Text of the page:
• Education: Study those around you to learn how to handle situations that you may encounter by negotiating instead of hitting. The more you know, the better you are at controlling conversation or situations.
  • Listening:. If given a chance, people will tell you where they are heading, what drives them, and give you clues as to how you can interact with or even control them, if that is what you need.
  • The world is about all of the people in it: Rich, poor, educated in your way, or not, young, old with a variety of religions, races, and cultural practices. If your need to control dictates that you must change something, nudge it in the right direction. You will be more effective than when you slash them with a knife or knock them over the head.
  • Identify opportunities: Be the first in a crowd to introduce yourself to a new person. Learn about that new person. Become a mentor. Use their knowledge to further your goals. Introduce your new friend to others and be in charge.
  • Love: When it is expressed, love goes a long way to bring control and make changes. The confessed shooter in Charleston told police that the church members were so nice to him that he seriously considered not going through with his horrific deed. If only he’d let them love him longer.
  • Compassion: Approaching a situation with compassion brings admiration, power and control your way.
  • Forgiveness. In court, the Mother Emmanuel victims’ families, just hours after their loved ones were gunned down, offered foregiveness to the shooter. How strong is their control of public opinion!

Anger and abuse are prevalent in many households, and in local, state and national governments as well as on the international level.  It’s not right on any level and I doubt that it is ever more productive than the avenues I’ve suggested above.

What are your thought on this issue? My readers and I would like to hear from you. Please reply to this post or email me at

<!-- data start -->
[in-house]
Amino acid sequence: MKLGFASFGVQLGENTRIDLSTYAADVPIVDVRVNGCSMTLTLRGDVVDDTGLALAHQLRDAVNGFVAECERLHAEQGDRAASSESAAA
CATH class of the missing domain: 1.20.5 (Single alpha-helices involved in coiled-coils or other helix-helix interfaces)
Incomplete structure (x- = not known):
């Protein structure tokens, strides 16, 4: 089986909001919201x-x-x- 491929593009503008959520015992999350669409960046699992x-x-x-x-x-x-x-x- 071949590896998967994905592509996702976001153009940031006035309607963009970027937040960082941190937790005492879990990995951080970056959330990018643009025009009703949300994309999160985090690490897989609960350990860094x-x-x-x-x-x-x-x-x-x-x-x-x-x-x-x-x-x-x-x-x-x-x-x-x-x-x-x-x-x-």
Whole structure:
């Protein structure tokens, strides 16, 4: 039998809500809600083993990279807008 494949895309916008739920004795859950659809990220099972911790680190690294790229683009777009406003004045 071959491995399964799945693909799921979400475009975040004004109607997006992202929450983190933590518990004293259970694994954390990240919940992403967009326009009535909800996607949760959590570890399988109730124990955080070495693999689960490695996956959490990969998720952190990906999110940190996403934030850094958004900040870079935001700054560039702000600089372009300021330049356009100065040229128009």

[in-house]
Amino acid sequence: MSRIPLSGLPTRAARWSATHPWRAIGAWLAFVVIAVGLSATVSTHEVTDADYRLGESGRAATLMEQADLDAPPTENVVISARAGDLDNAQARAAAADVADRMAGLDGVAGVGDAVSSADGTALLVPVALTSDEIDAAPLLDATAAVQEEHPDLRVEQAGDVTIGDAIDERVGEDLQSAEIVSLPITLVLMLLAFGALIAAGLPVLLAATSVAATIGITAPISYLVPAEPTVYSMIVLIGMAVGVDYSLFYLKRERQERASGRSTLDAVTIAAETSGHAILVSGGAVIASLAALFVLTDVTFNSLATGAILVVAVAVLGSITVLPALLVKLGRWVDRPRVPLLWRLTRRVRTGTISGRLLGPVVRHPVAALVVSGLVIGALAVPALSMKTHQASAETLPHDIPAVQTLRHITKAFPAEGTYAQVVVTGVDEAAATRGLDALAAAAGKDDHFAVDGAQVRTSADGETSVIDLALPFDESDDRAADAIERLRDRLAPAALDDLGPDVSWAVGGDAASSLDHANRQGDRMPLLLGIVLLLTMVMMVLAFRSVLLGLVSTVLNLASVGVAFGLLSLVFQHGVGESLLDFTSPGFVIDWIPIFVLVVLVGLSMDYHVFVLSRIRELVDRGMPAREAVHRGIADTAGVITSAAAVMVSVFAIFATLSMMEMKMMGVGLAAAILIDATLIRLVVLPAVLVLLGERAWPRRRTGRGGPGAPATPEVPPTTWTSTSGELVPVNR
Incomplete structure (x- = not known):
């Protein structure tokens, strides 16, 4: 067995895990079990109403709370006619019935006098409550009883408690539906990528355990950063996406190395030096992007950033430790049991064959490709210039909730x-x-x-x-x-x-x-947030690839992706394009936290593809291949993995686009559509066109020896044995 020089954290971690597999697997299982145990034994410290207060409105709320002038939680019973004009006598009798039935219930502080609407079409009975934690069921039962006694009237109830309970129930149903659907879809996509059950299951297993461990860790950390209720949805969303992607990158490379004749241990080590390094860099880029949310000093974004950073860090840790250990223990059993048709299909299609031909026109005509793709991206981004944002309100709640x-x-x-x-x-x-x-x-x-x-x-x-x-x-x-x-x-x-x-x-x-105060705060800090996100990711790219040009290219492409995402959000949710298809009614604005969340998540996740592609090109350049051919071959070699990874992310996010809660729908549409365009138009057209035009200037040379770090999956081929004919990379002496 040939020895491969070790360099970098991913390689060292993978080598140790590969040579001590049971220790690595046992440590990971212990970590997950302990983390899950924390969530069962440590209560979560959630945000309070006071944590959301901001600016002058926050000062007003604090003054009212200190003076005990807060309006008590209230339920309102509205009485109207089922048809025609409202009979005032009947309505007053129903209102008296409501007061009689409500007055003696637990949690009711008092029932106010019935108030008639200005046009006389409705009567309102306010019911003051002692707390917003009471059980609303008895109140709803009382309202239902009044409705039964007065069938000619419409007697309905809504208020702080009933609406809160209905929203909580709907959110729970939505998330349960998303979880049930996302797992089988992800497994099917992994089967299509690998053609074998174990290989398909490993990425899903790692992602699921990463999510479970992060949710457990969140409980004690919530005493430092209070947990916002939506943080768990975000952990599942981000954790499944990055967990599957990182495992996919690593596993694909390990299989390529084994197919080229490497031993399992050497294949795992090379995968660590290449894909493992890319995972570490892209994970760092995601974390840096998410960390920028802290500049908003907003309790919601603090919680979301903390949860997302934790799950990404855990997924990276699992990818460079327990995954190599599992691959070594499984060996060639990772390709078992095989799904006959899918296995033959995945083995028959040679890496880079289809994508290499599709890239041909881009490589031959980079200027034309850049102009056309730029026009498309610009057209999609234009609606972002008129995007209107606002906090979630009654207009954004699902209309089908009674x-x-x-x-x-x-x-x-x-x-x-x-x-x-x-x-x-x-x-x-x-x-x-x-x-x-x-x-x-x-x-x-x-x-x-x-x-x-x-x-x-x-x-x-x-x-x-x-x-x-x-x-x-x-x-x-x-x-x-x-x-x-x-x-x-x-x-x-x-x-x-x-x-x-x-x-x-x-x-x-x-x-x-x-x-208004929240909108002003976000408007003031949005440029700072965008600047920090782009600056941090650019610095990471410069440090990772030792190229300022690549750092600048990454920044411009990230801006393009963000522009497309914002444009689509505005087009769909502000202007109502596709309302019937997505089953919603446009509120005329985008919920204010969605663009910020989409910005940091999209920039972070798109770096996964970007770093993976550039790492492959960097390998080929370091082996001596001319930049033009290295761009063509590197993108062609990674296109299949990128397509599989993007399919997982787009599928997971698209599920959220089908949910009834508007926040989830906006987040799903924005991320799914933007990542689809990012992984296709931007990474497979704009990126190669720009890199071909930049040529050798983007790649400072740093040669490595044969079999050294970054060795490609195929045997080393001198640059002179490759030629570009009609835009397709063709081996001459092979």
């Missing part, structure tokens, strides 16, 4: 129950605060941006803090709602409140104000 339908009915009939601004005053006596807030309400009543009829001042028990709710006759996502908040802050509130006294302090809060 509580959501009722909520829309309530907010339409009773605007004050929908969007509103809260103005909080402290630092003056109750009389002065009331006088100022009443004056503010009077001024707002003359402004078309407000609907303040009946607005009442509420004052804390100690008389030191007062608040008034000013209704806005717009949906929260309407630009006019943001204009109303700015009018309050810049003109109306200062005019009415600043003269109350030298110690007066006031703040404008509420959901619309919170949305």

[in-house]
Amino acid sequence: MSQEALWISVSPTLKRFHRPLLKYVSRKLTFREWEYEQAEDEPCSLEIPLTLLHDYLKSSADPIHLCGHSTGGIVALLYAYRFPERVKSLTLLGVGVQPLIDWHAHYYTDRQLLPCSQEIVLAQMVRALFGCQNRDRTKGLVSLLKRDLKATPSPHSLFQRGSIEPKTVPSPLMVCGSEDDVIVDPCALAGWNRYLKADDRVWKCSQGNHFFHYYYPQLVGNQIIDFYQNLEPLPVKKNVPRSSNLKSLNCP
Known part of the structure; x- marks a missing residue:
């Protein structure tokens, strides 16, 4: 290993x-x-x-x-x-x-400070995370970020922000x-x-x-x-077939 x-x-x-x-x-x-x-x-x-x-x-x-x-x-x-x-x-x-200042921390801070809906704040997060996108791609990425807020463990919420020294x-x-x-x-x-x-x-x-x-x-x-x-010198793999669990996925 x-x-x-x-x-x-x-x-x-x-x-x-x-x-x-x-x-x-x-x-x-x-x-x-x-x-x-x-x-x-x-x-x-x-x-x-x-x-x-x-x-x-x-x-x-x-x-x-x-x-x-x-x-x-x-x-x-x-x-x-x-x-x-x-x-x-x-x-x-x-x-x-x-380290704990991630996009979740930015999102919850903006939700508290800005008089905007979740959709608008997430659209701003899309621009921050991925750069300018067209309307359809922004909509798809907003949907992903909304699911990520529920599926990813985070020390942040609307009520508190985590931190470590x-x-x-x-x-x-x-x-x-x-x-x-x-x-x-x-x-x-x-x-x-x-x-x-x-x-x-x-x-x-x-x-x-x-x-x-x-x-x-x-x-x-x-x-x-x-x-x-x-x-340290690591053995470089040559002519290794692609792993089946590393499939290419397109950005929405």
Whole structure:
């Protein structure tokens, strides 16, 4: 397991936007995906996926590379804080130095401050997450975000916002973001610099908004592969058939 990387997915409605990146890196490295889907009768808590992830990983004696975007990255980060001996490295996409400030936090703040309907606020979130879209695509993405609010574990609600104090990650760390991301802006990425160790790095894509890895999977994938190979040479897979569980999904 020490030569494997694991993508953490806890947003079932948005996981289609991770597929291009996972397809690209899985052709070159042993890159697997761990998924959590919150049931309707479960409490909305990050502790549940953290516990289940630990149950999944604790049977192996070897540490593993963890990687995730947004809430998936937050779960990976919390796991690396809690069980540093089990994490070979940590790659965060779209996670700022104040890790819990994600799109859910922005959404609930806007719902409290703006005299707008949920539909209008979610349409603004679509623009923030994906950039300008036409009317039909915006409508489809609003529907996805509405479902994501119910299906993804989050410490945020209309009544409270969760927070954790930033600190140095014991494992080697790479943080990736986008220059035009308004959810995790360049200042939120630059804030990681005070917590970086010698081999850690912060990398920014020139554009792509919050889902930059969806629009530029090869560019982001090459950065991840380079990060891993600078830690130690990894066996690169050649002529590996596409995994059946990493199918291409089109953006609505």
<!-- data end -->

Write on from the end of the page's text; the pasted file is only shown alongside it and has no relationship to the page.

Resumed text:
C. L. Woodhams, author of The Outreach committee, a multiple award winner.


The other day, I discussed my suspense novel, The Outreach Committee, Because Marriage Can Be Murder, with a book club composed of fourteen middle-class women.

My book discusses the moral issues of spousal abuse and asks the question, “Is murder ever justified?” To start the discussion, I quoted the oft repeated statistic that one in three women will be abused in her lifetime. Then I asked how many of the members knew a woman who had been abused.

Because abused women are hesitant to talk about their struggles, I expected a smattering of affirmative answers. Thirteen of the fourteen women in attendance raised their hands.

I was both saddened and surprised by their response. Saddened because so many women in this small group, or people they knew, had been touched by abuse. Surprised that so many women had let it be known to someone that they had been abused.

Too many abused women feel that they will be hurt further or their lives endangered if they publicize that they are being abused. They may be right. Their abusers convince them that it is their fault that the abuse happens in the first place. Abused women are often convinced by their abusers that they are worthless to the outside world and the women feel forced to stay in the abusive relationship for financial reasons.

We discussed and welcomed the new attention given by women, and men, in our society to domestic violence and the media’s willingness to discuss it. Famous athletes who abuse their wives and friends, have helped to bring public attention to this blemish.